Missouri and Ozarks History

Information and comments about historical people and events of Missouri, the Ozarks region, and surrounding area.

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I'm a freelance writer specializing in the history of the Ozarks and surrounding region. I've written sixteen nonfiction books, two historical novels, and numerous articles. My latest books are Wicked Women of Missouri, Yanked Into Eternity: Lynchings and Hangings in Missouri, and Show-Me Atrocities: Infamous Incidents in Missouri History.

Saturday, January 12, 2013

Bud Blunt Again

Among notorious Old West characters who are not well known, Bud Blunt has to be one of the more notorious. I've written about Bud before, both on this blog and in my Desperadoes book, but I keep finding tidbits about him that I hadn't previously been aware of.
One of the recent items I found about him has to do with the crime for which he was sent to the Kansas prison in August of 1884. As I say in my book, Blunt was arrested in May of 1884 near Ritchey, Missouri, in possession of a pair of stolen mules. In the book I say that he had been trailed all the way from Batesville, Arkansas, by the owner of the mules. This was reported in a Missouri newspaper at the time, but I now know it was an error. Although Blunt and other members of the George Hudson gang did have a few cavorts in and around Batesville, the May 1884 mule stealing escapade was apparently not one of them. The owner of the mules had trailed Blunt from Kansas, not Arkansas, and that's why Blunt was sent back to Kansas, not Arkansas. I imply in the book that he was sent to Kansas on a different larceny charge not related to the mule theft, but the fact is that the larceny charge he was sent back to Kansas to face WAS the theft of the mules.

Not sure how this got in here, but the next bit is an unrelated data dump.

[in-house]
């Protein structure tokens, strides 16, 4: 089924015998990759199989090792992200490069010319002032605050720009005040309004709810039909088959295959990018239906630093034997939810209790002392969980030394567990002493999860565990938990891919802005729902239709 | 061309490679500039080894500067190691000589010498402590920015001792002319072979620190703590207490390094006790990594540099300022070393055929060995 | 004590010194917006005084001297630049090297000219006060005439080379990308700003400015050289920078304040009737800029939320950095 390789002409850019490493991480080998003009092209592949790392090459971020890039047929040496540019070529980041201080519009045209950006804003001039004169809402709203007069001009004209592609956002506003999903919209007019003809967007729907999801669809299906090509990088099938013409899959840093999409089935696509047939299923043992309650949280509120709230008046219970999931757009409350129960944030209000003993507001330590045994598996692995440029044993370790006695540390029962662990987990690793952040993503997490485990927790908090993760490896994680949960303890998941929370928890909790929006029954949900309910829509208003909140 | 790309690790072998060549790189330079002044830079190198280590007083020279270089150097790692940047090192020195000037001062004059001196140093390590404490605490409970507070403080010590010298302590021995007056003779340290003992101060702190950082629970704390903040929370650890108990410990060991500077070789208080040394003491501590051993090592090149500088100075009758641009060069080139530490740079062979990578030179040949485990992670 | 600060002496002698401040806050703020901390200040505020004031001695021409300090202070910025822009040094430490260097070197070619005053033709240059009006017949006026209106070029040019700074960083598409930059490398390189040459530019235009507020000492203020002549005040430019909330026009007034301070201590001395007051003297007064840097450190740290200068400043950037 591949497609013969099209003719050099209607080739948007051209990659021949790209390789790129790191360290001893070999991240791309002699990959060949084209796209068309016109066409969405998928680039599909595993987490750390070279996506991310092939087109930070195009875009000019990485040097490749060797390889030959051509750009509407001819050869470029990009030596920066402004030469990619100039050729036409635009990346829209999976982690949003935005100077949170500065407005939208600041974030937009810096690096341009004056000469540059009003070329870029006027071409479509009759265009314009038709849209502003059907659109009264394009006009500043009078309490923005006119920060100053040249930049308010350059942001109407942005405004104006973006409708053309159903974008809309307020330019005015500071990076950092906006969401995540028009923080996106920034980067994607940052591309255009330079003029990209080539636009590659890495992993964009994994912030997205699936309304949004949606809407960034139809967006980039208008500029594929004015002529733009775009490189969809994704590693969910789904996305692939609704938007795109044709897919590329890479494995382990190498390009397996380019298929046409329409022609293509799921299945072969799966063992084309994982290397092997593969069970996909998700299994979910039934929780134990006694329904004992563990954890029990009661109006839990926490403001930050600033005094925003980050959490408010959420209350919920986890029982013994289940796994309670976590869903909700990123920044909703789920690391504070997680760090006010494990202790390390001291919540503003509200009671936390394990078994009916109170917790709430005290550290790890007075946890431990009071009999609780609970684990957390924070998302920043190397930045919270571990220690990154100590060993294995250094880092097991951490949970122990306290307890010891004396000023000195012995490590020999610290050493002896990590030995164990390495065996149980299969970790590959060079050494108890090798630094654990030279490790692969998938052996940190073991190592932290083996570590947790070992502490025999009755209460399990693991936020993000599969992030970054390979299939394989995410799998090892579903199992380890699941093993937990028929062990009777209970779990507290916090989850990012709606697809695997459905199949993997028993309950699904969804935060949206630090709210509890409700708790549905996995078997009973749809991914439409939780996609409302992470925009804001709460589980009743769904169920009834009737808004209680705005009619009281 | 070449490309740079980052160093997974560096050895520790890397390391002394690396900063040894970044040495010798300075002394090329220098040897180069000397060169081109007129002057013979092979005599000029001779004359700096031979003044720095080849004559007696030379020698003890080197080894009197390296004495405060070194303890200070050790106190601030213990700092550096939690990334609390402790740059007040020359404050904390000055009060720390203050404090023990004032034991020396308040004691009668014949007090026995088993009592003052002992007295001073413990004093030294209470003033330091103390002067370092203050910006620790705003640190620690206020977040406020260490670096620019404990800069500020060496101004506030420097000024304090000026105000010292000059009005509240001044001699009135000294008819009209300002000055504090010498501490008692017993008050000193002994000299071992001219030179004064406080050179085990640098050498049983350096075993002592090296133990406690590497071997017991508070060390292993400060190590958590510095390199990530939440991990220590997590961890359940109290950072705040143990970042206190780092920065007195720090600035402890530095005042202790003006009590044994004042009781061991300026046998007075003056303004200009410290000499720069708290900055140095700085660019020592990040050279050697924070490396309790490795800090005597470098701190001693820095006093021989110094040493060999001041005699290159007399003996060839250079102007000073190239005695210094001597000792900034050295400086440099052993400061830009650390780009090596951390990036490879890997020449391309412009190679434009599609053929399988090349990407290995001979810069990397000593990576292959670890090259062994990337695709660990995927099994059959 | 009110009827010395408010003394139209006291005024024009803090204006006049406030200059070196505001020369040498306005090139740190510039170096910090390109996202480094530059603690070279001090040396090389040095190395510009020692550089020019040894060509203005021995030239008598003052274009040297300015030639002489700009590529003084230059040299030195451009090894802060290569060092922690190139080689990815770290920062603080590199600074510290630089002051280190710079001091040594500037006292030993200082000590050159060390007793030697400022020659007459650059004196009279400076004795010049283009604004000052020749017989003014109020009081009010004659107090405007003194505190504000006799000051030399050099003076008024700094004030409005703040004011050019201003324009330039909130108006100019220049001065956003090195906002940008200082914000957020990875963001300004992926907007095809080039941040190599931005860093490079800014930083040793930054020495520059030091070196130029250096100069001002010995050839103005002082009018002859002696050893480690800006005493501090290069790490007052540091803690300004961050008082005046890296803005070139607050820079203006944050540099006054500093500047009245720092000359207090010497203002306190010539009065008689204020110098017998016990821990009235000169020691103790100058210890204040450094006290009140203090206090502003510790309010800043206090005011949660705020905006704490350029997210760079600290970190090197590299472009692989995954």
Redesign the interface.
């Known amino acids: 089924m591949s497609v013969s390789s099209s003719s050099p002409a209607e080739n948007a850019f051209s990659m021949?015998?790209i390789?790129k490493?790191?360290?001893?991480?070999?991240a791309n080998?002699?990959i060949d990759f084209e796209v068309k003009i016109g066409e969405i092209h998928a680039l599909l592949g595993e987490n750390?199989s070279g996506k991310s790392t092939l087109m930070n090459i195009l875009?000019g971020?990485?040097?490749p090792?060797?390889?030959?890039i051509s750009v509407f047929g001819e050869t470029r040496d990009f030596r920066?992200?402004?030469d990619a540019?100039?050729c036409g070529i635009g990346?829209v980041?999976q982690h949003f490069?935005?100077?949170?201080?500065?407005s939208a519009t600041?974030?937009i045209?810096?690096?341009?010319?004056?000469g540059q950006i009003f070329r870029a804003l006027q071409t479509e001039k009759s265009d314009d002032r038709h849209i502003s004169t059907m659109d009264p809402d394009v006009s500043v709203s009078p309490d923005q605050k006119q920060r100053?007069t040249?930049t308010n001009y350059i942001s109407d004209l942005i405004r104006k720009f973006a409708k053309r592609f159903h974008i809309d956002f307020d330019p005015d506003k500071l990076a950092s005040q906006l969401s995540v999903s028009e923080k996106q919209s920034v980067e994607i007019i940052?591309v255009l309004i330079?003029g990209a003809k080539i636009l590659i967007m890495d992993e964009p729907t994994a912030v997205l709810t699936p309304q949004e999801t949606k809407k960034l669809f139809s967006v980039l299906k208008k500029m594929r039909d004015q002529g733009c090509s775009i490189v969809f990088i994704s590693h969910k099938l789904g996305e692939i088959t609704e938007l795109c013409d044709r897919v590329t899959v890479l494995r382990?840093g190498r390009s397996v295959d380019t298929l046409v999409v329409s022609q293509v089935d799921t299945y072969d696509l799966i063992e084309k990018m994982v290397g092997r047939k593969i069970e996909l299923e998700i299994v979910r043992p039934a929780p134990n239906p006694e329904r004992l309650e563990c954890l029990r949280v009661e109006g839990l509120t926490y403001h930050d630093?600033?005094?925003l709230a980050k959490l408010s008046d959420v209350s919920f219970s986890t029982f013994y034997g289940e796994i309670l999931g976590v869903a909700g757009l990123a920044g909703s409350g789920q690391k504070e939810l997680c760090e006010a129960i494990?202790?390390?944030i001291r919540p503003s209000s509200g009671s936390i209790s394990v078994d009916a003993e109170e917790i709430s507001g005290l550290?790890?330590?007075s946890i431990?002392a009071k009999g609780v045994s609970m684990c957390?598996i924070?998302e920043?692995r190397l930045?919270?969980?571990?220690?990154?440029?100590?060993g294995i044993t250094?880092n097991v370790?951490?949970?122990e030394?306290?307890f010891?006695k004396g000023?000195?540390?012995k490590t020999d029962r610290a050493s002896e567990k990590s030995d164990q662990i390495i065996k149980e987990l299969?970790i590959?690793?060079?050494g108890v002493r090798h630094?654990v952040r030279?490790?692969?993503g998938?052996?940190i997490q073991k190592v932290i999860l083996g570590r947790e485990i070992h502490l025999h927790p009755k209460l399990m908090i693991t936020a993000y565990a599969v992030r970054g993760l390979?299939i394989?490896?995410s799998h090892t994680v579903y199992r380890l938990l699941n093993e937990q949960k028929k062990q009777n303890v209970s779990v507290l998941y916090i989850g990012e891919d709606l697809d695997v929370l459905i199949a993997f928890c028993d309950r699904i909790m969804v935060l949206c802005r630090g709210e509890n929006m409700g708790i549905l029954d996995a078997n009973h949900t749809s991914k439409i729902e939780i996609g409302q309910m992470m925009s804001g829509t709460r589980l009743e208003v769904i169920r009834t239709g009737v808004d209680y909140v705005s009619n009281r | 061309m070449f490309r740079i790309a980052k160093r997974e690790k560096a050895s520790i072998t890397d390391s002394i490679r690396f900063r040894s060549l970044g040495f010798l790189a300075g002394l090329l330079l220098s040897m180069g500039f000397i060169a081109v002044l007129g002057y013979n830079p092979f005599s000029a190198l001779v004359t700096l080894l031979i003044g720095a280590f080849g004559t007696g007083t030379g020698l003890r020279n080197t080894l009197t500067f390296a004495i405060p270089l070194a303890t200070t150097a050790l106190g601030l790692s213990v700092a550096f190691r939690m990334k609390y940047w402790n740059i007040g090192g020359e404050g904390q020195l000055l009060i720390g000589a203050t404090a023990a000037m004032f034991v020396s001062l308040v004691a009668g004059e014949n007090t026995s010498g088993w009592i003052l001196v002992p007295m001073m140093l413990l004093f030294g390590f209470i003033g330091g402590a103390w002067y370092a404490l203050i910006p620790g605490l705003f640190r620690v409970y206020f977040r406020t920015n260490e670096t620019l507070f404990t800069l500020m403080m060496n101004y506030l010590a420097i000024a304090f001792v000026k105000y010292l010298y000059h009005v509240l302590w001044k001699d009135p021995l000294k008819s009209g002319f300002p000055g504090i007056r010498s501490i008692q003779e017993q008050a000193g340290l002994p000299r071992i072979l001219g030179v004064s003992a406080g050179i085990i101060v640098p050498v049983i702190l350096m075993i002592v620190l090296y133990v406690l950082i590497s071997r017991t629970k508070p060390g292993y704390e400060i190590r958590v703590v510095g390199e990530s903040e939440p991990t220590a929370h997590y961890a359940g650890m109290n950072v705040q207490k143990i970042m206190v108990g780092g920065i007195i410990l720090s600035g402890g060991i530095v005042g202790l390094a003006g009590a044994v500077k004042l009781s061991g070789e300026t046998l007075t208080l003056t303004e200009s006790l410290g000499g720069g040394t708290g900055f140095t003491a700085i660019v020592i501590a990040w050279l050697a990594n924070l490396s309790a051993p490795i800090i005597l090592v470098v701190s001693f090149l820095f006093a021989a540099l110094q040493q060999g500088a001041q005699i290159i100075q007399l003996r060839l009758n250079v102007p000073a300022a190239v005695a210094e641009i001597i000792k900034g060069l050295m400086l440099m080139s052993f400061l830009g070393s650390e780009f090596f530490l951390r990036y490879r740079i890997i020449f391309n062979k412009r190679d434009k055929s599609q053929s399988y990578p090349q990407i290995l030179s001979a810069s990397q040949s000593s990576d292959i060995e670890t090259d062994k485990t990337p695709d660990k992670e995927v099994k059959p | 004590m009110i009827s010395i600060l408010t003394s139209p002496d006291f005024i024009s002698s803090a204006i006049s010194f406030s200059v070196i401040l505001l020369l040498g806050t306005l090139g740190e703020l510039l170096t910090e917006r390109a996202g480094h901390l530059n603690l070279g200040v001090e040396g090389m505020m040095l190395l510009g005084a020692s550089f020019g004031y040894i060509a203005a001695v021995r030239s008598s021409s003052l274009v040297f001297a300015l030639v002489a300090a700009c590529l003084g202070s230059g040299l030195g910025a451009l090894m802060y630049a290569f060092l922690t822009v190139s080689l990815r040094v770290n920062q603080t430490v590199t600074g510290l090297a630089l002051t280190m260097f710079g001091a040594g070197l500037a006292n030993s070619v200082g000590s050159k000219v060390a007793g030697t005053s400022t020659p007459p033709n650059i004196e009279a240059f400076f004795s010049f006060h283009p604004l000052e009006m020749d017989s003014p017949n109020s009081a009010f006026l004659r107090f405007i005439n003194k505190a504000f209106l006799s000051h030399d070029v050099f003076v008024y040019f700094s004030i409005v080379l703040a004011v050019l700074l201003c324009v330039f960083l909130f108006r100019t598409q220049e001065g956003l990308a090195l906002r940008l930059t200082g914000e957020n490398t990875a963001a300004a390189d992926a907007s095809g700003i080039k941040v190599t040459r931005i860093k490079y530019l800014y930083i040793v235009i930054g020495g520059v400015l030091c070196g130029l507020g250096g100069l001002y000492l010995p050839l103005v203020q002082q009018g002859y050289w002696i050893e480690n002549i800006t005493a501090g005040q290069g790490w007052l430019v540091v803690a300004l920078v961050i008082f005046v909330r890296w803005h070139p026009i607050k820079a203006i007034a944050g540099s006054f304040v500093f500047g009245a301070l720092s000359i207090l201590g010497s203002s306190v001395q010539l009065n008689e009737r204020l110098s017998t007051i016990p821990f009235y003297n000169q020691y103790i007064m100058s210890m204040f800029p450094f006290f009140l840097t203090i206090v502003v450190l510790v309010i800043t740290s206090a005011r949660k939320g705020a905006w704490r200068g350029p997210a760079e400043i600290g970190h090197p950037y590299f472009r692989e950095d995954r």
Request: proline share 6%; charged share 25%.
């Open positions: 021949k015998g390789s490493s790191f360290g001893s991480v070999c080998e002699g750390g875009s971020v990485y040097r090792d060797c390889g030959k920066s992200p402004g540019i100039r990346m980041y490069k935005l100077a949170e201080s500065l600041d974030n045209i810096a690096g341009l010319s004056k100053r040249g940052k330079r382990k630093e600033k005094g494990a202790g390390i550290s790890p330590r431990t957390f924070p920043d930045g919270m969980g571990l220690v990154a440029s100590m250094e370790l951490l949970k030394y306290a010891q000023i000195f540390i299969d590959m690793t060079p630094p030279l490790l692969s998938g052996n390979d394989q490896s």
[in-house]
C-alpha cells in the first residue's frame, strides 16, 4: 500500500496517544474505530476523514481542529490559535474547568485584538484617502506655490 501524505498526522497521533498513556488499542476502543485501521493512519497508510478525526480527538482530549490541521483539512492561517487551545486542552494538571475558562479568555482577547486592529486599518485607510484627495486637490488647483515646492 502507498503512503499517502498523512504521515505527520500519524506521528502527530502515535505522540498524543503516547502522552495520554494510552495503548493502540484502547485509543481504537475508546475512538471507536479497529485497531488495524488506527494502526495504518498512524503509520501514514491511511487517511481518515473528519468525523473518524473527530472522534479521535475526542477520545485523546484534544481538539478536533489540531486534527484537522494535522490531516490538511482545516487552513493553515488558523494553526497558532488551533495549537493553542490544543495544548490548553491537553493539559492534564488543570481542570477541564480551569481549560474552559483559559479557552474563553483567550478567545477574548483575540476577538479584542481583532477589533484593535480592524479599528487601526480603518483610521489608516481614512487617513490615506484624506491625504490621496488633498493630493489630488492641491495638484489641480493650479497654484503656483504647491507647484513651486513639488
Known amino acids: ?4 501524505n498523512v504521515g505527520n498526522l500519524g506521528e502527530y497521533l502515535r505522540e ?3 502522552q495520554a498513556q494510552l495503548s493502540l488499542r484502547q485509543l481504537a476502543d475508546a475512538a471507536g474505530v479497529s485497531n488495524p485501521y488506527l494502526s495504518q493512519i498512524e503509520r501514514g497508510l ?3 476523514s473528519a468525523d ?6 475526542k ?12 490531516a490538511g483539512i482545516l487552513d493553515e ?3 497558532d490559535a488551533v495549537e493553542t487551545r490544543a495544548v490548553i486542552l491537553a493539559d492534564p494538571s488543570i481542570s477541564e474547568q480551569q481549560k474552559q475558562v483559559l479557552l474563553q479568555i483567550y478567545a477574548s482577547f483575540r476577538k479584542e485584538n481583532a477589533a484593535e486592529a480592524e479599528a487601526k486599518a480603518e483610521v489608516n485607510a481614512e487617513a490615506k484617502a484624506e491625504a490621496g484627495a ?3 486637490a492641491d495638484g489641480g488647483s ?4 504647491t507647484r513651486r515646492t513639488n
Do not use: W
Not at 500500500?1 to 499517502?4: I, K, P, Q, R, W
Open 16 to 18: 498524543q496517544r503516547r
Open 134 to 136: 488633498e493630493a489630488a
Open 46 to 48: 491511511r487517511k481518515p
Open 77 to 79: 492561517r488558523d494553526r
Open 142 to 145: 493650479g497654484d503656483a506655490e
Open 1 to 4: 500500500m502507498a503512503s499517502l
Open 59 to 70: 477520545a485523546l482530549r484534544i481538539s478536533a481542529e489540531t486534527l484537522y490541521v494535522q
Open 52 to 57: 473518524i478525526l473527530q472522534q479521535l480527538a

At Bud's trial in early August of 1884, testimony revealed that Bud spent most of the day of May 11, 1884, at Liberty, that he started in the direction of Taggart's farm that evening, that the mules were missing the next morning, and that later the same morning (the 12th) Bud was seen in possession of the mules at Hallowell, Kansas, 40 miles from Liberty, concealing the animals in some brush. He was trailed to Missouri, where he was apprehended on the 14th still in possession of the mules.
Blunt put up a flimsy defense, claiming that, after he left Liberty, he went to Cherryvale ten miles away and boarded a train to Oswego, where he won the mules in a poker game and then took them to Missouri by way of Hallowell. As a newspaper report remarked at the time, "The jury would not believe poor Bud, and gave him six years in the pen."  


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